On Sunday afternoon we had a special treat: the wind chill knocked what was already the coldest ‘spring’ day on record to -20 Centigrade:


It was our day for trekking, exploring the early days of the Moravian Brethren, Zinzendorf’s Schloss, and the stone circles used for quiet gatherings in the forest. The circles were used to meet and discuss community problems in the 1700s:


With weather like this, I’m guessing not many problems would have been that urgent. Meanwhile, we made the most of it and plunged down steep hillsides:



On return, there was nothing a little bit of thawing wouldn’t restore to its old self.

Yet, despite it’s apparent remoteness …


… it is a place to which people seem to come from all corners of the globe. They even had flags out for us:

IMG_0308 (3)a

Or, more closely:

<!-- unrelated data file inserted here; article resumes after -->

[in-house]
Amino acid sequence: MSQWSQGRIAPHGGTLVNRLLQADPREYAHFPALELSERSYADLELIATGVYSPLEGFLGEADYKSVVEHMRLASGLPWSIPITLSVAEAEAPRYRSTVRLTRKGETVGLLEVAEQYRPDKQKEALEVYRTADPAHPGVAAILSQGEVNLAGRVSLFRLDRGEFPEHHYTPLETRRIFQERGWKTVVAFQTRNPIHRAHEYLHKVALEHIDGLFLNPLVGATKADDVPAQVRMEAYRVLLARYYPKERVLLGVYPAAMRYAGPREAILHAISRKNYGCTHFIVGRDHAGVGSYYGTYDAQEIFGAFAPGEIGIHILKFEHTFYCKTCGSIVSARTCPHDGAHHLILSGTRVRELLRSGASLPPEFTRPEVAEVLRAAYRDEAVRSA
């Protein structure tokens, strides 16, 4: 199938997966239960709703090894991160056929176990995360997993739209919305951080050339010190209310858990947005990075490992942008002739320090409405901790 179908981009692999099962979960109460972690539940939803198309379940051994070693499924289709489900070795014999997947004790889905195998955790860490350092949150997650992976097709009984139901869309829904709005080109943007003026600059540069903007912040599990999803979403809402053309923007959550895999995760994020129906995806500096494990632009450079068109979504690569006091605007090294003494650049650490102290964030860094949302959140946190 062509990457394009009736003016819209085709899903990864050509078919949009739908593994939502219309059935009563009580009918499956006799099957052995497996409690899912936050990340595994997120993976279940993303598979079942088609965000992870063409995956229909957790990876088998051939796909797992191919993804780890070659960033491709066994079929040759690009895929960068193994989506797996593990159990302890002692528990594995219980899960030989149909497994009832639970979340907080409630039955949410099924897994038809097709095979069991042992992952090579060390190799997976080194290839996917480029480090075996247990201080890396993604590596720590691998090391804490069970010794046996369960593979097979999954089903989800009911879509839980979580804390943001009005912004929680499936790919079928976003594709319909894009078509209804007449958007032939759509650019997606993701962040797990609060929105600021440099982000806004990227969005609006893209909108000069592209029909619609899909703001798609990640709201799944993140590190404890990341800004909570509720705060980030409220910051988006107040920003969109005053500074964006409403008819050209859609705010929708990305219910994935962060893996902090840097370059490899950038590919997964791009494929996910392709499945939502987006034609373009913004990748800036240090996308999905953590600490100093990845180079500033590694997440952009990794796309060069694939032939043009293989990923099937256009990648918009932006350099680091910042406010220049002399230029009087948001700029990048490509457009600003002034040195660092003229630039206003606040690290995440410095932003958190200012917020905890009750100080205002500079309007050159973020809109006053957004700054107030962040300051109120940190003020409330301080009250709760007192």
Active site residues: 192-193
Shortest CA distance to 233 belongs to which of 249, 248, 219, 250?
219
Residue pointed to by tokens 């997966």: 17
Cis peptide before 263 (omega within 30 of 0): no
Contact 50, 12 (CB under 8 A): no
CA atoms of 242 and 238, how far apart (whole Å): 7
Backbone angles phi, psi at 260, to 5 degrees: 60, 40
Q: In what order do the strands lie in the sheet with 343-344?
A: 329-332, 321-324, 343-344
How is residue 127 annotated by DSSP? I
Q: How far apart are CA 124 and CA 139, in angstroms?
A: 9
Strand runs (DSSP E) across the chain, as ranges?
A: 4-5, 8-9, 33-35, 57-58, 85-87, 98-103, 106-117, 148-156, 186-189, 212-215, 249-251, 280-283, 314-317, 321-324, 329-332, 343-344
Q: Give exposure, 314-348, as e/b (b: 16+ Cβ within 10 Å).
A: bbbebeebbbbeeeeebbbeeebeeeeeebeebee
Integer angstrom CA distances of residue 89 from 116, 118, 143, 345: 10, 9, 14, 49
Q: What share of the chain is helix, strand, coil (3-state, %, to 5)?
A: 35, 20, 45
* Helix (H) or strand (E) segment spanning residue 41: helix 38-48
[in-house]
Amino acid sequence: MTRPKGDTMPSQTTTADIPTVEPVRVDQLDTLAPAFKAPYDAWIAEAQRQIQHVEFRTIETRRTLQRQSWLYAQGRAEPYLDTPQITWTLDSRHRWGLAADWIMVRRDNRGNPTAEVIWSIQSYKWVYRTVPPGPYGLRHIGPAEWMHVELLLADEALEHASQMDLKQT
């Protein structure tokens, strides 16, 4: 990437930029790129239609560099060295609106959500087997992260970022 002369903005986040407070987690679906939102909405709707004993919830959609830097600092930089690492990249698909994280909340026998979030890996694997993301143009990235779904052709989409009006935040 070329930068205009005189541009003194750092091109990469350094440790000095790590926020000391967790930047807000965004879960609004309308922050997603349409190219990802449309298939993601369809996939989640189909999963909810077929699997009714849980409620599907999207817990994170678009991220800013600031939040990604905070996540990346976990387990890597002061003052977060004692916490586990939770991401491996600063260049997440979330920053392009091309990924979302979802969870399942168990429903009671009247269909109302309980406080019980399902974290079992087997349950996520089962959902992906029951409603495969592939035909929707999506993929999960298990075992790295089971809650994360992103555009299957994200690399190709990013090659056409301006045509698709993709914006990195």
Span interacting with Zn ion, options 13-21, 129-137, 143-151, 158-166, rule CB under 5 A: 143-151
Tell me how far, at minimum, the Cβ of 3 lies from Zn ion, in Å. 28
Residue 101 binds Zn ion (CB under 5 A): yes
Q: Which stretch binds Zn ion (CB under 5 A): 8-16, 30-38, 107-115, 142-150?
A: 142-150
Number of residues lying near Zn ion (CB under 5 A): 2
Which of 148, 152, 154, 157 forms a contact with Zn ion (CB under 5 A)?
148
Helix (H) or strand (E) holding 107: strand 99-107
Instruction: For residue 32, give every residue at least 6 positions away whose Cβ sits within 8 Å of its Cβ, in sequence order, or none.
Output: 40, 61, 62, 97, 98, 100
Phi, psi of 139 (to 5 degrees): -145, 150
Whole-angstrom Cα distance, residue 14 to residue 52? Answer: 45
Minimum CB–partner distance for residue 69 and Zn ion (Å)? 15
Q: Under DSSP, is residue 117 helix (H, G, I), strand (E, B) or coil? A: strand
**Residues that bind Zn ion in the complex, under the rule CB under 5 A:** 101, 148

Capital Against Capitalism

Conference of new Marxist research

25 June 2011

Supported by: Historical Materialism Journal, NS W Fire Brigade
Employees’ Union, and the UTS Cosmopolitan Civil
Societies Centre.

It seems significant, and hardly coincidental, that the
impasse that politics fell into after the 1960s and 1970s coincided with the eclipse
of Marx and the research project of historical materialism. Social democracy,
various left-wing melancholies and/ or the embrace of dead political forms has
stood-in for these absent names. Returning to Marx, to Capital and to the various
traditions tied-up with these names may present a way to cut across this threefold

This conference involves two plenaries and six workshops. In the
opening plenary, Rick Kuhn will overview his new book (with Tom Bramble) Labor’s
Conflict: Big business, workers and the politics of class (Cambridge University